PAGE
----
This is another major factor that differentiates the experience between the three carriers, especially since so many passengers are connecting. Dubai Airport has expanded fast, and given the glitz and glamour of their business and first class lounges, I was expecting a great transfer. Unfortunately, the airport seems to have forgotten about the majority in the back of the bus. Not only do transits take a long time, between train rides between concourses and long walks, but the departure areas also aren’t ideal for late-night connections. There are no benches to lie down on and no widely available charging stations. They did have great food options, though.
Aaaah, the shining star. While the transit security deck-point is chaotic, pretty much every other area in Doha Hamad Airport is stunning. Stores and restaurants are spaced out, there are dedicated rest areas, passengers can rent computers, there are children’s play areas, charging devices is easy etc. Doha is by far the best airport to transit at as an economy passenger.
Oh, Abu Dhabi. Please open your new terminal soon! There are more details on my transit in the review, but the moral of the story: don’t do it.
See above again. Qatar blows the competition away.
Etihad’s 787 has a lumbar support button:
Their pillow is also awesome (if it’s clean 😉 ).
Emirates has stickers to notify the crew of your preferences. Why haven’t more airlines caught on?!
So, as you can see, it’s a mixed bag. My biggest take home from trying all these airlines in economy class is that I wouldn’t go out of my way to fly them again. Sure, these are among the better economy class products in the world, but I’d be equally happy to fly Lufthansa, KLM, Cathay Pacific, Singapore Airlines, Finnair etc., if the price or convenience was better. However, my ranking of the three airlines can be concluded as follows:
Overall winner: Qatar
Given their superior hub and onboard service, Qatar has a slight edge over Emirates, since the rest of the onboard experience was quite similar. They have the benefit of being part of oneworld, which makes earning and redeeming miles on them more convenient for most people.
Based on my A380 flight alone, I would have said Emirates was the best. However, the experience was significantly impaired by their chaotic hub and their tight 777. If I was flying point-to-point on their A380, or even connecting from one A380 to another, I would consider flying Emirates again in economy. However, their 777s should be avoided, especially on those torturous 15-hour flights to/from the US and Australia.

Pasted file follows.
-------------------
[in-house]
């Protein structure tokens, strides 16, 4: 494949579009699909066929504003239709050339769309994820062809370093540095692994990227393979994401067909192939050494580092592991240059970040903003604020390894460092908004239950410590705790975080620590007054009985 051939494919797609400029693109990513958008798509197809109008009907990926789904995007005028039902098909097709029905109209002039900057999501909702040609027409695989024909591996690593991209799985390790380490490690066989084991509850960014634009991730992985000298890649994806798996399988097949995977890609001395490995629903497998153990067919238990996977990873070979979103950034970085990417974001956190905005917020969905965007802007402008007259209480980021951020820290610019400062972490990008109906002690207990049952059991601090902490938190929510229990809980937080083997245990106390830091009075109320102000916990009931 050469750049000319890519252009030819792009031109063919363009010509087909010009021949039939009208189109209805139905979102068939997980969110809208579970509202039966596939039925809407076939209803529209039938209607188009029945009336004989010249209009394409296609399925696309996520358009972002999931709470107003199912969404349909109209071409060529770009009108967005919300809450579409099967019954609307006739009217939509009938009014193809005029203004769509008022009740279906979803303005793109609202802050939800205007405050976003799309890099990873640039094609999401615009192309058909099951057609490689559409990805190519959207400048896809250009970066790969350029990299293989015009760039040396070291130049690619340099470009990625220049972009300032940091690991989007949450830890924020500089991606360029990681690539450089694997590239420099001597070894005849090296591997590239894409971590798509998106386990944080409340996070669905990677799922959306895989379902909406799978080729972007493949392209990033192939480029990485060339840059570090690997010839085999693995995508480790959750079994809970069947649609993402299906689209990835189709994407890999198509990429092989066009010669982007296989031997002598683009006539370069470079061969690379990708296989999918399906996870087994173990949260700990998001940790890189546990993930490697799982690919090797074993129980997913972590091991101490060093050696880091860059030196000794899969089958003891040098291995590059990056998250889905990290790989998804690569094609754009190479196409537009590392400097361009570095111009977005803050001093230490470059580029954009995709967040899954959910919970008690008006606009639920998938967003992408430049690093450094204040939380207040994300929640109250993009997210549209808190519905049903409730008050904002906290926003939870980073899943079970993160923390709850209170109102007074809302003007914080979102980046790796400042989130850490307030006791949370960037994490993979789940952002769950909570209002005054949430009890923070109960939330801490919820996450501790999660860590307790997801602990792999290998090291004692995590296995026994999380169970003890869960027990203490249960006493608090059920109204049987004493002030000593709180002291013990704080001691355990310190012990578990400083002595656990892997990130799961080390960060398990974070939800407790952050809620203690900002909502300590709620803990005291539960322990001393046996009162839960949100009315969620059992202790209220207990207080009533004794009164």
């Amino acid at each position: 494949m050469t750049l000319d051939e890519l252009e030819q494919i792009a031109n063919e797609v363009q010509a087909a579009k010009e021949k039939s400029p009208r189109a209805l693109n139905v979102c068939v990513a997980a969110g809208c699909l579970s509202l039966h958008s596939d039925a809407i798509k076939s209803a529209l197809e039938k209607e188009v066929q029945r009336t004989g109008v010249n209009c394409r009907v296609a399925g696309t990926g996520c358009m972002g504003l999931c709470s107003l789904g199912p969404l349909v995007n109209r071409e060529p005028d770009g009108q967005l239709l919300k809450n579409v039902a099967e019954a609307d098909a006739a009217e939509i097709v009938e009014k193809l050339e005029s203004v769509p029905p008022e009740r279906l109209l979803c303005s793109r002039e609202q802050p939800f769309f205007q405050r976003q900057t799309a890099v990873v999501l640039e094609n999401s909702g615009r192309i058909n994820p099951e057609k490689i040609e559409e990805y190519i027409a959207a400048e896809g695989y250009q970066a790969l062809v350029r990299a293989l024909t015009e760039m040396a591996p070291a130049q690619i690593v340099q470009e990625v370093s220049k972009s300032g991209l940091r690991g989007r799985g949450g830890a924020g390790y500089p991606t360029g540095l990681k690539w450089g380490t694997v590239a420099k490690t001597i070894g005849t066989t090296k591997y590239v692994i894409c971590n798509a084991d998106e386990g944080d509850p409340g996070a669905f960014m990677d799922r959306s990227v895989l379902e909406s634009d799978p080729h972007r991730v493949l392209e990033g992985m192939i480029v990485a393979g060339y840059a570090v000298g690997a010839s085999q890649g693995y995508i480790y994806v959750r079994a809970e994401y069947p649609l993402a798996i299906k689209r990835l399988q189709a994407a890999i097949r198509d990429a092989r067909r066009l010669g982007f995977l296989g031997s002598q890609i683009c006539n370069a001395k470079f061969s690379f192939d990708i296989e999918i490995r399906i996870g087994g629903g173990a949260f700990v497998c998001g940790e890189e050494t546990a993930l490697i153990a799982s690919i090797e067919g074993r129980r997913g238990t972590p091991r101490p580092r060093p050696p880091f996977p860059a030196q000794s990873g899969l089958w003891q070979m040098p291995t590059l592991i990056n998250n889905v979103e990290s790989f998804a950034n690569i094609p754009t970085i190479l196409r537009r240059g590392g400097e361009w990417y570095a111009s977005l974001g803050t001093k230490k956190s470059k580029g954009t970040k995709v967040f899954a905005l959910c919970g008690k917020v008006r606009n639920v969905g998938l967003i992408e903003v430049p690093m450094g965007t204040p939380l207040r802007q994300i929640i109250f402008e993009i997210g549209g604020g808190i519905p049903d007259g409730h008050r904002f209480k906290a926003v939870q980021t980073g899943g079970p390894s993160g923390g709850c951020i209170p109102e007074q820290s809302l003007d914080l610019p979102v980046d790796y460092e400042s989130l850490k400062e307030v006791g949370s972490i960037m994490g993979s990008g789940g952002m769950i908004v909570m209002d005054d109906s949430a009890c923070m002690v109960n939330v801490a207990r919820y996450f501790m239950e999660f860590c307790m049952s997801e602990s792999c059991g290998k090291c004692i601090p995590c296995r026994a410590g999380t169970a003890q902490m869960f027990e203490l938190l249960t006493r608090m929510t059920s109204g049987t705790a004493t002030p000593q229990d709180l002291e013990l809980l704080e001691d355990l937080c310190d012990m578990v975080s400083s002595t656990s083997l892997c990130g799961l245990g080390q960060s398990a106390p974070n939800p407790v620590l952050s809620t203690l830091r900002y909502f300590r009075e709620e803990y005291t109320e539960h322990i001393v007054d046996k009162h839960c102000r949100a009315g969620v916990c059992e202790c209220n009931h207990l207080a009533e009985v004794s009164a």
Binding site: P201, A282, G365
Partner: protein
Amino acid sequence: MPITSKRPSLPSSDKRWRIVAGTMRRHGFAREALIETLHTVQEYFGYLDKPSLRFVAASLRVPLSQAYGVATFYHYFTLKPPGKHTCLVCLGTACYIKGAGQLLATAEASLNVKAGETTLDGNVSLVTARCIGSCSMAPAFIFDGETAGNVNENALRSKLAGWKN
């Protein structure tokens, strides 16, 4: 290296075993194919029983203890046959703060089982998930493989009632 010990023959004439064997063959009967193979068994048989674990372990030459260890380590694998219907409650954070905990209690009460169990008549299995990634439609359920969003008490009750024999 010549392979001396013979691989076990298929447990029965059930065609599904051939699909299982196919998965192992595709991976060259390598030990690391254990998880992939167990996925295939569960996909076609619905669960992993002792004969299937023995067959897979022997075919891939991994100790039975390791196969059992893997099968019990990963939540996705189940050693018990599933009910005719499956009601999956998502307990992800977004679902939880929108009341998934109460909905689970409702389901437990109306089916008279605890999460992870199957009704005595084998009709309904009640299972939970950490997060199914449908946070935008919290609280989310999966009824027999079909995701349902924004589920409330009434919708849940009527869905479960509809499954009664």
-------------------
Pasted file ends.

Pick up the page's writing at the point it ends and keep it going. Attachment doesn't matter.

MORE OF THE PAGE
Most disappointing: Etihad
Their fantastic marketing had me thinking my best economy flight would be onboard them. Sadly, their 787 was a disappointment. Their entertainment system, hub, and seat all lagged behind Emirates and Qatar. While they are still decent, I’d avoid them unless they were the cheapest option.
Did you find this comparison useful? Would you like to see more comparisons of other large airlines?
The INSIDER Summary:
- Legroom varies on major airlines.
- JetBlue has the most legroom, with 34 inches of space.
- Spirit has the least, with only 28 inches.
You can essentially forget bringing on a free carry on, you know food will cost an arm and a leg (if there is any at all), and it's a safe bet that you'll have a screaming child within five rows of your seat.
Most of the time, anything to do with plane travel seems out of your control, which is what makes flying such a stressful experience.
However, one thing you can control, sort of, is how much legroom you get — depending on which airline you choose to book with.
The infographic below, uploaded onto Reddit by user AvadaKedavra03, outlines major airlines' amount of legroom in inches.
JetBlue, which promises "the most legroom in coach," actually lives up to that promise with 34 inches of legroom. Spirit on the other hand, which often finds itself last in domestic airline rankings, only has 28 inches.
Keep scrolling to see how much legroom you get on 7 of the most popular airlines.